Writing about the Jonestown Basketball Team

Jonestown Basketball Team
Jonestown basketball court, May 1979

Let’s be real. All of you certainly know what next year is. A Significant Anniversary. You’re familiar with the routine, I’m sure. The phone will ring one day soon, and it will be the first in a legion of reporters, asking the same questions many of you have heard in 1983, and in 1988, and in 1993, and in 1998, and again in 2003. I’d also like to apologize in advance for any of the people in my industry who might treat you like a story and not a person. That’s wrong. Always has been. Always will be.

Because so many people are going to call, I’d like to explain why the story I’m doing is different than any other that’s been done.

We all know that there have a million words written about Jonestown. But there has never been a story written solely about the basketball team. I’d like to change that. I’d like to write a story about the men who played on the team, about the games and the days in between, about starting the team, about the importance of rebelling – even just a little bit – and about what the game has meant since leaving Guyana.

It’s a story about the importance and power of sports.

My name is Wright Thompson. I’m a senior writer for ESPN.com and ESPN The Magazine. I was born in Clarksdale, Mississippi. I’m putting together a story about the Jonestown basketball team, and I would like to talk to as many people who are familiar with the team – especially players and coaches – as possible.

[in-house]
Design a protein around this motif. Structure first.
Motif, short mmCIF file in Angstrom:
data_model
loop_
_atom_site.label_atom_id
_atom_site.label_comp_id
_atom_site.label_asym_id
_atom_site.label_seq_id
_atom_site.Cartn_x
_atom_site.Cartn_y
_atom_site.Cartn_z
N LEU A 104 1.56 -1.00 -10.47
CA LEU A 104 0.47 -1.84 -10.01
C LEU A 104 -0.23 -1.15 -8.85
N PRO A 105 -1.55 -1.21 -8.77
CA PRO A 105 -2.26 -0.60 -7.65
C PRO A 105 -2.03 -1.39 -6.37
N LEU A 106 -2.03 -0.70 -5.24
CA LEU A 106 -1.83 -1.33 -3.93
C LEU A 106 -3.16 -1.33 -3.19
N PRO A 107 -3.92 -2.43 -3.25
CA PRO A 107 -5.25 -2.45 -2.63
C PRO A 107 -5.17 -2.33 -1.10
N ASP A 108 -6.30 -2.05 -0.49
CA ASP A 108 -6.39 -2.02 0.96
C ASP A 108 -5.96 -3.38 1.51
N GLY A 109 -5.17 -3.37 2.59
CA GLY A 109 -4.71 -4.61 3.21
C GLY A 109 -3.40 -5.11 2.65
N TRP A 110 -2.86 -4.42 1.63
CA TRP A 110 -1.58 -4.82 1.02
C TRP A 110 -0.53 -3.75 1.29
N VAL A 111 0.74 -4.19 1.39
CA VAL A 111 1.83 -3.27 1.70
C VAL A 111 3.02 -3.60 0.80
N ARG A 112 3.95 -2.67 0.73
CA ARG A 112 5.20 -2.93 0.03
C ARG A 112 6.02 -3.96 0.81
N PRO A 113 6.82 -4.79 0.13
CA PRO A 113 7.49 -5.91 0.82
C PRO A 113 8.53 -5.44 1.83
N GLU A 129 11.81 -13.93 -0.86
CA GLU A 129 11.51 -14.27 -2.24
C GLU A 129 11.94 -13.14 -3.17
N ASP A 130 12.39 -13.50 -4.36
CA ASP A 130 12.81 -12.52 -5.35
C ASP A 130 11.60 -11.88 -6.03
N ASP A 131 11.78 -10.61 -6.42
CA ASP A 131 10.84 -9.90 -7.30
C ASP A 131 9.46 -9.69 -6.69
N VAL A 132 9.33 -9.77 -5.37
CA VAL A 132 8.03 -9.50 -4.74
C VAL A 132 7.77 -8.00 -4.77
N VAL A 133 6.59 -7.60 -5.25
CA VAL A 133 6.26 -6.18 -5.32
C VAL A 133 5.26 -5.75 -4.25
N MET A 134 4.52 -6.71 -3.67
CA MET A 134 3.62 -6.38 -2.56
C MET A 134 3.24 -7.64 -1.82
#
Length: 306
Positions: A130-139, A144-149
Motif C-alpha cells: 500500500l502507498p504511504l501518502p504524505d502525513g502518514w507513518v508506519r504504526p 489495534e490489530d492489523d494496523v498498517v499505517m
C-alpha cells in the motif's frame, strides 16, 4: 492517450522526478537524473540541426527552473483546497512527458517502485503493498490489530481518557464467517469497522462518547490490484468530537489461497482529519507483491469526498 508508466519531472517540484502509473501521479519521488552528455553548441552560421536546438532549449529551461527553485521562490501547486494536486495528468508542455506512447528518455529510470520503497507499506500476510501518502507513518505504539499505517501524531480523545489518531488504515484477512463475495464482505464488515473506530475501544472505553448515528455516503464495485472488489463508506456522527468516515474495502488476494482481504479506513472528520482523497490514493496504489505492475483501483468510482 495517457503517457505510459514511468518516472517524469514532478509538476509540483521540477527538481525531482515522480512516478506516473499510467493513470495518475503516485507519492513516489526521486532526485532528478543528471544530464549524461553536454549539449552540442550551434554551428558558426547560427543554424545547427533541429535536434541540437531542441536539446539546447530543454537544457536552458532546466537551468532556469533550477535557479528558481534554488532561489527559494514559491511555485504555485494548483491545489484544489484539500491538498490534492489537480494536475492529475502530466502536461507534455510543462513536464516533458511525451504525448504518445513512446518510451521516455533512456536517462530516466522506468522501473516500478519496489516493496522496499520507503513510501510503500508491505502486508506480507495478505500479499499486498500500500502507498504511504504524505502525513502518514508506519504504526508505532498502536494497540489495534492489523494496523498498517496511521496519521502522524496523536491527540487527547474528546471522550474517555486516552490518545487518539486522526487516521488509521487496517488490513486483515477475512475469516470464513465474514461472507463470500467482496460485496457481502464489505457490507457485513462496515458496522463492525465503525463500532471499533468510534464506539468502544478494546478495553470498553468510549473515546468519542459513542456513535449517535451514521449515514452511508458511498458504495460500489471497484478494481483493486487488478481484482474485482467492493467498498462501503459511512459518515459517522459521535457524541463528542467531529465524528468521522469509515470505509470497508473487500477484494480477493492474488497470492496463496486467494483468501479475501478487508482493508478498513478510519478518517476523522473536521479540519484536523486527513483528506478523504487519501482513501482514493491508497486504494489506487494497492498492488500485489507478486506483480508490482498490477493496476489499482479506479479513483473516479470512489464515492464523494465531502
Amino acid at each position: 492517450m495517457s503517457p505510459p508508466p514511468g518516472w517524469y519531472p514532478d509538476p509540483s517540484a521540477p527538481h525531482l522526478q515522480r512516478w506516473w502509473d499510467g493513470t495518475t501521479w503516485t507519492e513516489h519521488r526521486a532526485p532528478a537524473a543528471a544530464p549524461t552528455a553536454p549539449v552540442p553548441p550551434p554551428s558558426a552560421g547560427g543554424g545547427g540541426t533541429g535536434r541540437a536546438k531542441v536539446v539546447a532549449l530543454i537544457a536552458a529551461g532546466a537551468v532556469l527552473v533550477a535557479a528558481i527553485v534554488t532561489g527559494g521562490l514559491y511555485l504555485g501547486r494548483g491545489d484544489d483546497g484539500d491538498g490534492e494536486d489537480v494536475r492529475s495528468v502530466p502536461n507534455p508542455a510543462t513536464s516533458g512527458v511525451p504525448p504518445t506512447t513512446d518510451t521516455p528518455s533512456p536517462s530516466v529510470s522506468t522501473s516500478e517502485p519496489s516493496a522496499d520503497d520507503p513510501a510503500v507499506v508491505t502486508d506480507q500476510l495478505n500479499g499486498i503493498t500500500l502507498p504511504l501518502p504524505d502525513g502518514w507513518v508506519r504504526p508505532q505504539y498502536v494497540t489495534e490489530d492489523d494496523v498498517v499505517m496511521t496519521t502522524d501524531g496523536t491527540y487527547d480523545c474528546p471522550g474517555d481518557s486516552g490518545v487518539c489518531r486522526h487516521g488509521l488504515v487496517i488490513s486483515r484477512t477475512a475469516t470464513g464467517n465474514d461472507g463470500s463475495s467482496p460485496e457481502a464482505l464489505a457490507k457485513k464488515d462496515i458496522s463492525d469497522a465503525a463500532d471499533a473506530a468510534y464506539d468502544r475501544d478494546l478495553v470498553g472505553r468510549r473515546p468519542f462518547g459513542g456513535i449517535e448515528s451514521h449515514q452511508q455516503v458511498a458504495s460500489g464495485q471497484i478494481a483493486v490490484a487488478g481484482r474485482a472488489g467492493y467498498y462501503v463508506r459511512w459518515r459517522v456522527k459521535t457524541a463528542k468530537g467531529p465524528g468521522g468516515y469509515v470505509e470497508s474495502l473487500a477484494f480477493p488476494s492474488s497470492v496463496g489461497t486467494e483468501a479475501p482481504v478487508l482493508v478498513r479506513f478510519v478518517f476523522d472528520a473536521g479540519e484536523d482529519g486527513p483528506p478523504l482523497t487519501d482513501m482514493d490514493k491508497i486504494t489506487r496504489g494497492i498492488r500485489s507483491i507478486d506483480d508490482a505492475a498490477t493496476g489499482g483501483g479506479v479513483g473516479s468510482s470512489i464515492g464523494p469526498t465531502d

Some of you might be familiar with a story that my colleague Jon Fish produced for ESPN TV about the basketball career of Rob Jones, the son of Jim Jones, Jr., who himself played on the Jonestown basketball team. Jon and I were in contact the entire time he worked on his piece. It was an excellent story, but for me, it serves as a point of departure to what I want to do. Instead of focusing on one player, mine will tell the stories of all the team members. It will examine who they were, what their role in Jonestown was, what they’ve done with their lives since, and what they took away with them, both as former members of Peoples Temple and as members of the basketball team. I plan to travel to Guyana sometime after the rainy season ends in January 2008. My piece will be an E-Ticket (the name we’ve given to our long form narrative non-fiction) and will run in November on ESPN.com.

I was drawn to this story after listening and reading as so many of you shared your experiences, about your desire that people not forget your friends and family members who did not make it home. Those words touched me and, since I work for a sports publication, I was drawn to this particular aspect of the story. It’s an important and under-told aspect.

My questions? Most will revolve around two broad themes: what it was like to play basketball there and what it’s been like since you left. I don’t want to cause anyone any pain or disrupt any lives. If you don’t talk about that part of your past to your family and friends, I can preserve your anonymity, if that makes you more comfortable sharing your story. I want this to be a positive experience for anyone who chooses to speak with me.

Over the next few months, I will be reaching out to those of you who were on the team. If any of you would like to ask me any questions about this story, or about anything else, please e-mail me at wrightthompson@gmail.com or call me at 816-260-0305.

If anyone who wasn’t on the team has memories or stories they’d like to share, please contact me as well. That would be incredibly helpful.

(Wright Thompson is a Senior Writer for ESPN.com/ESPN The Magazine.)